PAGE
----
The results from that study indicated that while species with mating systems that include multiple copulations by males has no evolutionary impact on relative brain size, mating systems with multiple matings by females do influence brain size evolution.
Bat species with mating systems based on female promiscuity were associated with smaller brains and larger testes, while species with mating systems based on female fidelity were associated with significantly larger brains and smaller testicles .
The present research investigates the evolutionary relationship between brain size and two components of primate sexual selection in primates 1 sperm competition as measured by relative testes size, and 2 male competition for mates estimated from the level of sexual mass dimorphism.
Results Results from the analyses of covariance ANCOVA estimating the relationships of female promiscuity and mating system with brain size and testes size indicated mating system was associated significantly with brain size in primates after accounting for body mass, while female promiscuity was not Table 1.
After accounting for body mass, both mating system and female promiscuity were associated significantly with the level of sperm competition estimated from testes size.
Although male body mass was associated with male competition for mates as measured by mass dimorphism, mating system and female promiscuity were not.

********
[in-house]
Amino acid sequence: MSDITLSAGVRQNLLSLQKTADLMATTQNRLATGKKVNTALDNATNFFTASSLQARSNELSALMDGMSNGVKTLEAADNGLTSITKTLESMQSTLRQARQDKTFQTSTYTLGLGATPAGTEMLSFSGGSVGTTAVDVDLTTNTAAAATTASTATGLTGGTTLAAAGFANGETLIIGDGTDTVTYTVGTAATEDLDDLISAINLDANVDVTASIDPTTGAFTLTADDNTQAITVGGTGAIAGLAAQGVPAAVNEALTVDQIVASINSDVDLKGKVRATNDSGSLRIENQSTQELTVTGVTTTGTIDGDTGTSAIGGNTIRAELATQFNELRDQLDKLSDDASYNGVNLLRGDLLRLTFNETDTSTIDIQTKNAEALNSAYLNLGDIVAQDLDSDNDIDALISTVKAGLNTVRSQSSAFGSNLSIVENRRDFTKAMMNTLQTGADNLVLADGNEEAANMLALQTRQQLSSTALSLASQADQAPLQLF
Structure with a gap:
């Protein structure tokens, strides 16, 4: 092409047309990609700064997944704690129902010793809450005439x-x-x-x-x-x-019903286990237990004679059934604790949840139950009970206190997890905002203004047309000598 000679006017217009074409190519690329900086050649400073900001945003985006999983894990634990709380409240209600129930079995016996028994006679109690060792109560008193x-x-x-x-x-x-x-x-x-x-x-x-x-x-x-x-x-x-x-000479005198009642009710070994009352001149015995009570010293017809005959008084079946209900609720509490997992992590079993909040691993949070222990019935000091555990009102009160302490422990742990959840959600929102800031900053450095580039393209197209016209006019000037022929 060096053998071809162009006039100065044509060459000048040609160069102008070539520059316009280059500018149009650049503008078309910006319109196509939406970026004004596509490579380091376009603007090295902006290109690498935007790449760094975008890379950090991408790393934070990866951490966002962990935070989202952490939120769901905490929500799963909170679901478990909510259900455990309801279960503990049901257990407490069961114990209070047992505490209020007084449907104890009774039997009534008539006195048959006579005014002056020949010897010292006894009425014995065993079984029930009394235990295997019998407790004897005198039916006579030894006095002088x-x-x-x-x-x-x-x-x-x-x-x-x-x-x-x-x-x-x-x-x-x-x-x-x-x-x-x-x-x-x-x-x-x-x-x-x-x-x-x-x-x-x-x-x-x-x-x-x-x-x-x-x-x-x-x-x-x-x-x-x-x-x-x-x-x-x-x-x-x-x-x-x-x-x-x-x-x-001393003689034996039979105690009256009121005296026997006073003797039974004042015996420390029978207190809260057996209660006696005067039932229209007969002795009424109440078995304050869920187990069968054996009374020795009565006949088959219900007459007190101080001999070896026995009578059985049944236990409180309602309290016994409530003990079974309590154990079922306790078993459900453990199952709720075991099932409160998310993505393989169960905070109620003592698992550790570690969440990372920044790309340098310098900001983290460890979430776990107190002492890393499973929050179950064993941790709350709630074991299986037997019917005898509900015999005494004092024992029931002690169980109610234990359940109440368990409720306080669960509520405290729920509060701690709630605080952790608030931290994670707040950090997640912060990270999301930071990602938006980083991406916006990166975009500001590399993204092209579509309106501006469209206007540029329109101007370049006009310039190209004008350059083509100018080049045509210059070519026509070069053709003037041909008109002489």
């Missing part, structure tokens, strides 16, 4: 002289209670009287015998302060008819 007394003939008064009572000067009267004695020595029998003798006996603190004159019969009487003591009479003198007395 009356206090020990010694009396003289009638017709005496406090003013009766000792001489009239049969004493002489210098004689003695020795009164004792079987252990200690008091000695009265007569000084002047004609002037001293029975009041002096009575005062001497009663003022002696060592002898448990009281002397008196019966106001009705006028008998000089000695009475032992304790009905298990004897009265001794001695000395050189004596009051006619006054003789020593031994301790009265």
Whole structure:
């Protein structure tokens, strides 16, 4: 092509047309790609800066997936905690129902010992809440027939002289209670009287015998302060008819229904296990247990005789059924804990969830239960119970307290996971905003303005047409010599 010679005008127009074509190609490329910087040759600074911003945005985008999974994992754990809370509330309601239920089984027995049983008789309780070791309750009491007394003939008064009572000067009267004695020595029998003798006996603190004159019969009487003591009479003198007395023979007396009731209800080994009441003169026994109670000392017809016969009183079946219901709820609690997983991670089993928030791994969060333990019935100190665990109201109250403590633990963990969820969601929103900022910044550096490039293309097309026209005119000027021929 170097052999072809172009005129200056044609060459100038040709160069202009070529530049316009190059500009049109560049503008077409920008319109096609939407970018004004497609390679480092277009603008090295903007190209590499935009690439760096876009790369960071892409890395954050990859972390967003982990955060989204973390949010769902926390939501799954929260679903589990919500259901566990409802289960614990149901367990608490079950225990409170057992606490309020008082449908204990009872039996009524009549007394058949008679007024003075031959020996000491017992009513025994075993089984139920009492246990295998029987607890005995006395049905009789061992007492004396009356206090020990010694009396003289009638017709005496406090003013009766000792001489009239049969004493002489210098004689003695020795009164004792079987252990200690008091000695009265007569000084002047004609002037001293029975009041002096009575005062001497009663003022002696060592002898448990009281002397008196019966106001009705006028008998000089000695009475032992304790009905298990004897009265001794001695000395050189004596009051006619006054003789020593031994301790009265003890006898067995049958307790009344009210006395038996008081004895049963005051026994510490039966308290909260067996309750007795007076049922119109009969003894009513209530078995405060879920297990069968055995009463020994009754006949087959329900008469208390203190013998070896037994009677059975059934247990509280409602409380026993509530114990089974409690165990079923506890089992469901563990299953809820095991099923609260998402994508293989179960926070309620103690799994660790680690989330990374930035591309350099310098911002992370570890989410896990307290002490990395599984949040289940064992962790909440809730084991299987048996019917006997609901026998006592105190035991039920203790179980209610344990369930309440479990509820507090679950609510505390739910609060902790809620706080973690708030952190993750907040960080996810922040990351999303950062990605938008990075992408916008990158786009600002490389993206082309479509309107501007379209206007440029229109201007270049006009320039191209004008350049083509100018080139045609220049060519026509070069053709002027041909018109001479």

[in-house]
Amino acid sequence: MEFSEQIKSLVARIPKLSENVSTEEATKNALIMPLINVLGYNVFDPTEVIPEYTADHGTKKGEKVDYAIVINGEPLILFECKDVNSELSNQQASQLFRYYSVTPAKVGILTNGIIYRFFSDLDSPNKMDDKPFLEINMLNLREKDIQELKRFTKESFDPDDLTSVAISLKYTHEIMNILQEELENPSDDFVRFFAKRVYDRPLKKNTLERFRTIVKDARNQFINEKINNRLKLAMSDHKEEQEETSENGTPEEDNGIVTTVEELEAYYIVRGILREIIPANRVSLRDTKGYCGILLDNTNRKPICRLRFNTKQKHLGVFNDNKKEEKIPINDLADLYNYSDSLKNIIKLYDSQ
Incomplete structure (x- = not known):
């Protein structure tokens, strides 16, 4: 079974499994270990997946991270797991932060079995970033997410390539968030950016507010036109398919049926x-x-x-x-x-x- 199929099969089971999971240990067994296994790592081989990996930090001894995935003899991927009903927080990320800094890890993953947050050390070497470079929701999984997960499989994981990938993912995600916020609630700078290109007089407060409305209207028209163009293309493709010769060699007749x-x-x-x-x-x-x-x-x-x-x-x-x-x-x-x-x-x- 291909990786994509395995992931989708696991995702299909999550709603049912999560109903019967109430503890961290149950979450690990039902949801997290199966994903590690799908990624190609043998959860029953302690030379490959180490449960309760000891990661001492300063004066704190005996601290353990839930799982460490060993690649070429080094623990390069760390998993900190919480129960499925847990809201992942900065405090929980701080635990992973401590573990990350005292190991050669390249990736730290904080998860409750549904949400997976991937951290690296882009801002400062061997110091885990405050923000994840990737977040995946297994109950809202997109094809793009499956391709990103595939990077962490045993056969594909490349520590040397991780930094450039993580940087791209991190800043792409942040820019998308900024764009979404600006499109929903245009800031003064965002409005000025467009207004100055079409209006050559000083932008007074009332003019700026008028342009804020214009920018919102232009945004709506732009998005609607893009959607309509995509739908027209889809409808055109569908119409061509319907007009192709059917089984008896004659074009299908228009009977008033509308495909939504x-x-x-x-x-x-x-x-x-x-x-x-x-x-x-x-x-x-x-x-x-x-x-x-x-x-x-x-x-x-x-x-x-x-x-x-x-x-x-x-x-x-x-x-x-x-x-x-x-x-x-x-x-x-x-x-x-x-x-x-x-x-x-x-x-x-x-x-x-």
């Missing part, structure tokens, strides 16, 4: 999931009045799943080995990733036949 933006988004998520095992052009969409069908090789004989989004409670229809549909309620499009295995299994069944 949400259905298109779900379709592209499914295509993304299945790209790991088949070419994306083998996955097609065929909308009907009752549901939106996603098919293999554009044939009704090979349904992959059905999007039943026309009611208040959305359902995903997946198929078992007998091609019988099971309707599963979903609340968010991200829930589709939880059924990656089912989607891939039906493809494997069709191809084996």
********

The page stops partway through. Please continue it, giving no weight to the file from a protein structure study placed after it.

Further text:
This pattern of association remained unchanged when humans are excluded from the analysis.There's no single trait that defines all primates as a group, but these mammals do share some general features, such as eye sockets encircled by bone and binocular vision (an excellent adaptation for spotting prey, and predators, from a long way away).
Dec 20, · The evolution of brain size and complexity in the Order Primates is widely regarded as the hallmark of primate evolutionary history. Despite their importance to understanding primate evolution, the relationship between sexual selection and brain size evolution is not well studied.
While just percent of mammal deaths are caused by members of the same species, that rate rose to percent in the common ancestor of primates, and dropped slightly to percent in the.
Zoology Mammals and Primates. method of reproduction. What group of mammals have (a) embryos that spend more time feeding through the placenta than the mother’s nipples, (b) young that feed on milk, and (c) a prolonged period of maternal care after leaving the placenta?
-Use molecular analysis to look for the protein keratin. Primates in the suborder Strepsirrhini (non-tarsier prosimians) are able to synthesize vitamin C, like most other mammals, while primates of the suborder Haplorrhini (tarsiers, monkeys and apes) have lost this ability, and require the vitamin in their diet.
Many mammals exhibit this, such as primates (for example orangutans and spider monkeys), elephants, spotted hyenas, lions, and dolphins.  Solitary animals defend a territory and avoid social interactions with the members of its species, except during breeding season.